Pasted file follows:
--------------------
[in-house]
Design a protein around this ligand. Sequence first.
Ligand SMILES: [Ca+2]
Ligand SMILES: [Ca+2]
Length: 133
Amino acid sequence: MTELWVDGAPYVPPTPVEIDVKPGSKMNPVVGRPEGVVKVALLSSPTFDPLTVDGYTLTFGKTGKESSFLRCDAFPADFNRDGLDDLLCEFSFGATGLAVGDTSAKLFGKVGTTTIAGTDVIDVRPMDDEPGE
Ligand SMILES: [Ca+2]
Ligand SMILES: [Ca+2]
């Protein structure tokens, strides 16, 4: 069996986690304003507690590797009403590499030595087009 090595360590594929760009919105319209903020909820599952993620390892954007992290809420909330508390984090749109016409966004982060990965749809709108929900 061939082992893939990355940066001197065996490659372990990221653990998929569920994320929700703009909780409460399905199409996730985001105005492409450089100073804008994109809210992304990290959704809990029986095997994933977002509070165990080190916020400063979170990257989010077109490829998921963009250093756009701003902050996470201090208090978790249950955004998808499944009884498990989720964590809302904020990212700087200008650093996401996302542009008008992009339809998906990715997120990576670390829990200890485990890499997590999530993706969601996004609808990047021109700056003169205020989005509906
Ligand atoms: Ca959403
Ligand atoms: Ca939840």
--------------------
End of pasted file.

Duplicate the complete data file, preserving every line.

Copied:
[in-house]
Design a protein around this ligand. Sequence first.
Ligand SMILES: [Ca+2]
Ligand SMILES: [Ca+2]
Length: 133
Amino acid sequence: MTELWVDGAPYVPPTPVEIDVKPGSKMNPVVGRPEGVVKVALLSSPTFDPLTVDGYTLTFGKTGKESSFLRCDAFPADFNRDGLDDLLCEFSFGATGLAVGDTSAKLFGKVGTTTIAGTDVIDVRPMDDEPGE
Ligand SMILES: [Ca+2]
Ligand SMILES: [Ca+2]
């Protein structure tokens, strides 16, 4: 069996986690304003507690590797009403590499030595087009 090595360590594929760009919105319209903020909820599952993620390892954007992290809420909330508390984090749109016409966004982060990965749809709108929900 061939082992893939990355940066001197065996490659372990990221653990998929569920994320929700703009909780409460399905199409996730985001105005492409450089100073804008994109809210992304990290959704809990029986095997994933977002509070165990080190916020400063979170990257989010077109490829998921963009250093756009701003902050996470201090208090978790249950955004998808499944009884498990989720964590809302904020990212700087200008650093996401996302542009008008992009339809998906990715997120990576670390829990200890485990890499997590999530993706969601996004609808990047021109700056003169205020989005509906
Ligand atoms: Ca959403
Ligand atoms: Ca939840």